Champions Trophy propels Max into Top 10

MUMBAI: If there is one truism about television in India, it is that the only sure way to break Star Plus' monopoly on the ratings is to have India cricket. Such is the case with India cricket.
Tam data for the period 15/10/06 to 21/10/06 shows that India playing England on 15 October 2006 came in seventh in the Tam Top 100 C&S 4+.

It managed to get a rating of 5.8. It also appears at positions 21 and 22 with ratings of 4.8 and 4.5.

Starcom's Manish Porwal says that whenever India plays in a multi team tournament the round robin matches not featuring India get a ratings that are 1.5 times higher compared to events that do not feature India at all. This explains why the Australia versus West Indies match got a rating of 3.6 and is at number 33. The England versus Australia match got a rating of 2.5. The Sri Lanka versus Pakistan match got a rating of 3.1. Extraaa Innings, which is Max's wrap around show, also finds a mention twice.

However, the theory of 1.5 times more for a non India match in the league stage only applies for as long as India is in contention in the tournament. Therefore, from an advertising standpoint, it is fortunate that India versus Australia was the last league match. India's awful performance and hence elimination would have had a much bigger impact on viewership if it had been held before other league matches. As it is only three matches (the two semi finals and final) are now affected.

How do advertisers view India's exit? Porwal says that cricket friendly brands would have taken into account the scenario of India not qualifying for the semi finals. He is satisfied with the ROI achieved thus far. "It has been what we have expected. I will say that there has been a loss of profit with India not getting through into the last four. There has not been a loss per se.

"That is because brands like Western Union would have done internal costing looking at different scenarios before putting their money on the tournament. Having said that, there will definitely be a backlash on the ratings that the semi finals and final get."

Sony executive VP Rohit Gupta concurs on this point saying that if India had been there in the semi finals and final you might well have seen a rating of 7-8. Now one could see a rating of around 3 for the semi finals. It could go up for the final depending on which teams qualify. He adds that when you include Sab, which had a simulcast of India's matches with Hindi commentary, the match between India and England gets a rating of nearly seven.

The International Cricket Council (ICC) CEO Malcolm Speed's stand as far as a potential situation of India not making the last four has been that Indians care for quality cricket. As long as people care sport will not die. The ICC's hope therefore is that the television ratings as well as on ground attendance will not be affected too badly as Indians would want to see quality international cricket. The coverage being given in the newspapers and television indicates that.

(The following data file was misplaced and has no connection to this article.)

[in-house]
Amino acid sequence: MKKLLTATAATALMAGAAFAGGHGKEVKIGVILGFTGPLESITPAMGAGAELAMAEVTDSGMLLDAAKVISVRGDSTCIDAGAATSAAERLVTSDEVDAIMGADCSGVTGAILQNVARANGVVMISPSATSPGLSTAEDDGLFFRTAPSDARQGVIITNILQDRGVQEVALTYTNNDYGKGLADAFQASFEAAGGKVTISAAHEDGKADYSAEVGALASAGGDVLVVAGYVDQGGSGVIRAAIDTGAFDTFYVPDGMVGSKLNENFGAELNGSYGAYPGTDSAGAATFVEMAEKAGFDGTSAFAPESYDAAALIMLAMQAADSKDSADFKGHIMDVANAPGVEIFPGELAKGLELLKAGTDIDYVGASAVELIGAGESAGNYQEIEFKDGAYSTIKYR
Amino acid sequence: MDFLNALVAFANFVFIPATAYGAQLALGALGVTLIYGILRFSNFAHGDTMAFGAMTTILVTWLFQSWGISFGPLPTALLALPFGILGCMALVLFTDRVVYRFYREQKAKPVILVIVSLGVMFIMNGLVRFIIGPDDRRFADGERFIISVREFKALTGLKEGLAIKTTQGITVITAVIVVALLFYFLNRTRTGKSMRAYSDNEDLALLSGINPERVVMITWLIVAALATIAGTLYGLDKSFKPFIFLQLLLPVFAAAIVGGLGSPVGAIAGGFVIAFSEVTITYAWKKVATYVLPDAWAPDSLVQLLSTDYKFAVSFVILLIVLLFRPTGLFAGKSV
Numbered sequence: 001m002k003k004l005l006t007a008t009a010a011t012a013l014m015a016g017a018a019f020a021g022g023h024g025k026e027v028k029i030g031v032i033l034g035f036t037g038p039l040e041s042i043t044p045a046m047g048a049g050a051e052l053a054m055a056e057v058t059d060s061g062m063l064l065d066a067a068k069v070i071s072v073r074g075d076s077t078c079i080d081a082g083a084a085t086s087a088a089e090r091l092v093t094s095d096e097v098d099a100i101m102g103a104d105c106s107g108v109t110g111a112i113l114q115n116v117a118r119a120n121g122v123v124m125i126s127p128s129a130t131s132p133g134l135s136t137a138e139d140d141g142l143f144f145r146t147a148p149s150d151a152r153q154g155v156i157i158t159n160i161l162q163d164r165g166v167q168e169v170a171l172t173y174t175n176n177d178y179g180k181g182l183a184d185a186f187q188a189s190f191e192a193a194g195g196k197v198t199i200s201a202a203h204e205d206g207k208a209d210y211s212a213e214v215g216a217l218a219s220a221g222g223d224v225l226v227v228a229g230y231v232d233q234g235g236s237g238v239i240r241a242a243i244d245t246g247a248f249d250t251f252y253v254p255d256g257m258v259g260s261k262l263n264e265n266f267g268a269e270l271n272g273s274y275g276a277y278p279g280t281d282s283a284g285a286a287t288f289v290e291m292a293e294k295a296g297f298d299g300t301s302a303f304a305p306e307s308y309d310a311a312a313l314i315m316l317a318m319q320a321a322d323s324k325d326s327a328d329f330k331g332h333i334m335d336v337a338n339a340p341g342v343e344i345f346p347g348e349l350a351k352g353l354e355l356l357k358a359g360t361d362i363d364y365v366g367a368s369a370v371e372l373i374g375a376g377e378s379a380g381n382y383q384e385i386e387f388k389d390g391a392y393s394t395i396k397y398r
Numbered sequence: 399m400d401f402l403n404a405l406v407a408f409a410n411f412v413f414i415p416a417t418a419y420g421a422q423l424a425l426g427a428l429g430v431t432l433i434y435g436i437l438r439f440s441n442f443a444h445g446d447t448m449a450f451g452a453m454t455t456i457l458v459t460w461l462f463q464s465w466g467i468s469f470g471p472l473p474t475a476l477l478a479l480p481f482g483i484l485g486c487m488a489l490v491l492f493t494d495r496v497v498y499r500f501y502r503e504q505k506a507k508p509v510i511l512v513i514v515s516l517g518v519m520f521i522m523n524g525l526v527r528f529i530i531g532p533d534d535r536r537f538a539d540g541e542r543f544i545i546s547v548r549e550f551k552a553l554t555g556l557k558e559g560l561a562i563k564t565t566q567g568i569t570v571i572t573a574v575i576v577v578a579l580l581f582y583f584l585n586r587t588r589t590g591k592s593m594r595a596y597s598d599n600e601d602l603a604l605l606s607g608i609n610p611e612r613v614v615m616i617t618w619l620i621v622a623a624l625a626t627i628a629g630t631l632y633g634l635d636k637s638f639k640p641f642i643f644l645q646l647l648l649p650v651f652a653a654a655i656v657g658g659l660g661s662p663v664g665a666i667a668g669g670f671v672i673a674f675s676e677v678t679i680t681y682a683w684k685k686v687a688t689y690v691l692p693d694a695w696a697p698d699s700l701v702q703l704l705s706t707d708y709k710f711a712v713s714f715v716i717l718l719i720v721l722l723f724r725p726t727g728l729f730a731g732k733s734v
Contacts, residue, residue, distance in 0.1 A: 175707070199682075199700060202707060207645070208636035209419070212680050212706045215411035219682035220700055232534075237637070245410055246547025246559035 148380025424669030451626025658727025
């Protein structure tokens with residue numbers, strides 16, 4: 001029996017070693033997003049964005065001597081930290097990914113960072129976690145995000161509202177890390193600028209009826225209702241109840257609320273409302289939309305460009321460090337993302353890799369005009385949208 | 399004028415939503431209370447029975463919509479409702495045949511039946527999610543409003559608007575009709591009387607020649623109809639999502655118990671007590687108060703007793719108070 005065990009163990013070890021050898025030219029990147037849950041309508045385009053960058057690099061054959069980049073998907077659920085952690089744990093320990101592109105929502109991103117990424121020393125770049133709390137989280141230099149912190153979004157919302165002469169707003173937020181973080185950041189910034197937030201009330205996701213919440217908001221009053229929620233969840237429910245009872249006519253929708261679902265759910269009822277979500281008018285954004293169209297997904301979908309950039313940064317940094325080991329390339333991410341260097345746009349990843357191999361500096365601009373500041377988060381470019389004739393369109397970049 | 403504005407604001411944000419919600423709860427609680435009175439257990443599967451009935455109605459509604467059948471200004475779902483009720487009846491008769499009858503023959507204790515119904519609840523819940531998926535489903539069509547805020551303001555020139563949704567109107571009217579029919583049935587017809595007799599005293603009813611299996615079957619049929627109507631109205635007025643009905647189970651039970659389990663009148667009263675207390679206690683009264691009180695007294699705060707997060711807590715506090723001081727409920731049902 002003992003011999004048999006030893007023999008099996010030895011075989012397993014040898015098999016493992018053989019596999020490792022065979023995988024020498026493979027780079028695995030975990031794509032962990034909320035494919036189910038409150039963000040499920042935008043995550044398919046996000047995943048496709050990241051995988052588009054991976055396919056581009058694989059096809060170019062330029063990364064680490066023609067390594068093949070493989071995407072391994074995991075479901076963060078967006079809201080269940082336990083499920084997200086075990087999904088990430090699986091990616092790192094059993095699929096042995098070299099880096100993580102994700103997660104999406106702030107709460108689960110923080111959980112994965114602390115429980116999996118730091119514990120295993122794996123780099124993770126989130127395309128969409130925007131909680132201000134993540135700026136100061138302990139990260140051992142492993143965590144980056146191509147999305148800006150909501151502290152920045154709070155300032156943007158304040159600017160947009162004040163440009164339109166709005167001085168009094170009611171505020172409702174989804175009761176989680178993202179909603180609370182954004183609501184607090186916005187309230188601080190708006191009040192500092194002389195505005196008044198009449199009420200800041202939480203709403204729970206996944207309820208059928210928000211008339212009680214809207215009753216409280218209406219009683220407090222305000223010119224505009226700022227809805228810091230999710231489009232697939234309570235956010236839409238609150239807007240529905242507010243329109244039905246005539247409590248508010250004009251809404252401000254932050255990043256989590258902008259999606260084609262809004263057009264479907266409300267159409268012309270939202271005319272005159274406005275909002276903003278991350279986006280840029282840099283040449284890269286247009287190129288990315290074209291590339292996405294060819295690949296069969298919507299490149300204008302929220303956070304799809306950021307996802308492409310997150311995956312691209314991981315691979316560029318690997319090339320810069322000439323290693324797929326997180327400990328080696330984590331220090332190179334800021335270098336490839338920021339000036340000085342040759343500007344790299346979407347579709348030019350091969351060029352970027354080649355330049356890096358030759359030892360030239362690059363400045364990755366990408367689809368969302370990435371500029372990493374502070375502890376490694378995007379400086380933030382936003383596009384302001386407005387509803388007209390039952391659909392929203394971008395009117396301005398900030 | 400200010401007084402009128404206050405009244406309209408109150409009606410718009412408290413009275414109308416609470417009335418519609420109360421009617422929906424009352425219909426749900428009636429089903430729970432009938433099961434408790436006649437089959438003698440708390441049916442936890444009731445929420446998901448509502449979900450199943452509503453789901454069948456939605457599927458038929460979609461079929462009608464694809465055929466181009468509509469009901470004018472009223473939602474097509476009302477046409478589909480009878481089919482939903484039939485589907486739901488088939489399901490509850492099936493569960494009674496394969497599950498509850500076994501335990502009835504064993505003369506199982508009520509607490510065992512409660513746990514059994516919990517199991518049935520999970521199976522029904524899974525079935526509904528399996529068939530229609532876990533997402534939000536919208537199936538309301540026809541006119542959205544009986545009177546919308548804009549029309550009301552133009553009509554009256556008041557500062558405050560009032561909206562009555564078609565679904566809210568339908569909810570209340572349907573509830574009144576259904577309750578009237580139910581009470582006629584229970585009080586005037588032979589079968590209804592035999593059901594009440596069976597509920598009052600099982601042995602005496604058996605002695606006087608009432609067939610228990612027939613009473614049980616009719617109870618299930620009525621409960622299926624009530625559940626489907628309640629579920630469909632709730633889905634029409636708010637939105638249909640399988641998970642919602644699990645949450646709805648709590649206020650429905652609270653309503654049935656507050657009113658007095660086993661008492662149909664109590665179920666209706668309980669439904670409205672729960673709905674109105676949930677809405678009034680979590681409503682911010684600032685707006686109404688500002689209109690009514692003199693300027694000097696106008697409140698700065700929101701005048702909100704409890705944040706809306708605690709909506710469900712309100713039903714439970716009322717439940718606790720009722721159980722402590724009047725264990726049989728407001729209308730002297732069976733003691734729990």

Gupta, meanwhile, is most satisfied on how the non India matches have fared pointing out that it was a big improvement over the ratings that the non India matches got for the Champions Trophy in 2004. In that tournament as well India was eliminated early in that case by Pakistan.

R Gowthaman, Mindshare MD South & West and Unilever South Asia, which handles media buying for Pepsi and Hero Honda, two of the ICC's global partners, was not so positive however. He says that the Champions Trophy has disappointed in the cost per ratings point (CPRP) area. A lot of the matches finished early. For instance the match between West Indies and Sri Lanka finished in 50 overs.

"This means that by 6:30 pm when viewing should be on the up the match is over. So you cannot air spots in the most impactful time. Then the ratings were not as high as had been hoped. The ratings should have been more even for the non India matches given the fact that Extraaa Innings is meant to build up momentum. Cricket is a hyped up property. You hope that it will do well in the ratings area but its performance has been below par just like the Indian teams. If you look at it, cricket's ratings have been on the decline over the past couple of years."

Another problem for Pepsi is that it used a very specific cricket centric campaign (the Blue Billion). The aim was to express support for the Indian team which then failed to perform. This raises the question of whether or not it should continue with that campaign which has now become irrelevant with India exiting the event.

LG marketing head Sandeep Tiwari on the other hand is satisfied at the response to the event. He points out that since LG is a global brand there will be a benefit no matter which teams win the event or makes the final. So if Australia wins then LG's visibility down under will increase, he says.

That of course is not the case with an Indian brand. Also LG did not use cricketers in its campaign. It used Tom and Jerry to celebrate the Diwali festival. So it is not unduly concerned about India going out early as it has not used cricket in the campaign to build an emotional connect. He adds that if you look at the Champions Trophy and the World Cup together, then while the former delivers a 30 per cent impact the latter delivers a 70 per cent push for the brand. That big push of course will come next year in March when the World Cup takes place in the West Indies.

Interestingly despite reports about stadiums not being full for the ongoing Champions Trophy Tiwari is satisfied at the turnout. He points out that the England Australia encounter had 50 per cent occupancy which he as a marketer feels is adequate to get the brand message across. On television too the delivery is what was projected prior to the start of the tournament for him.

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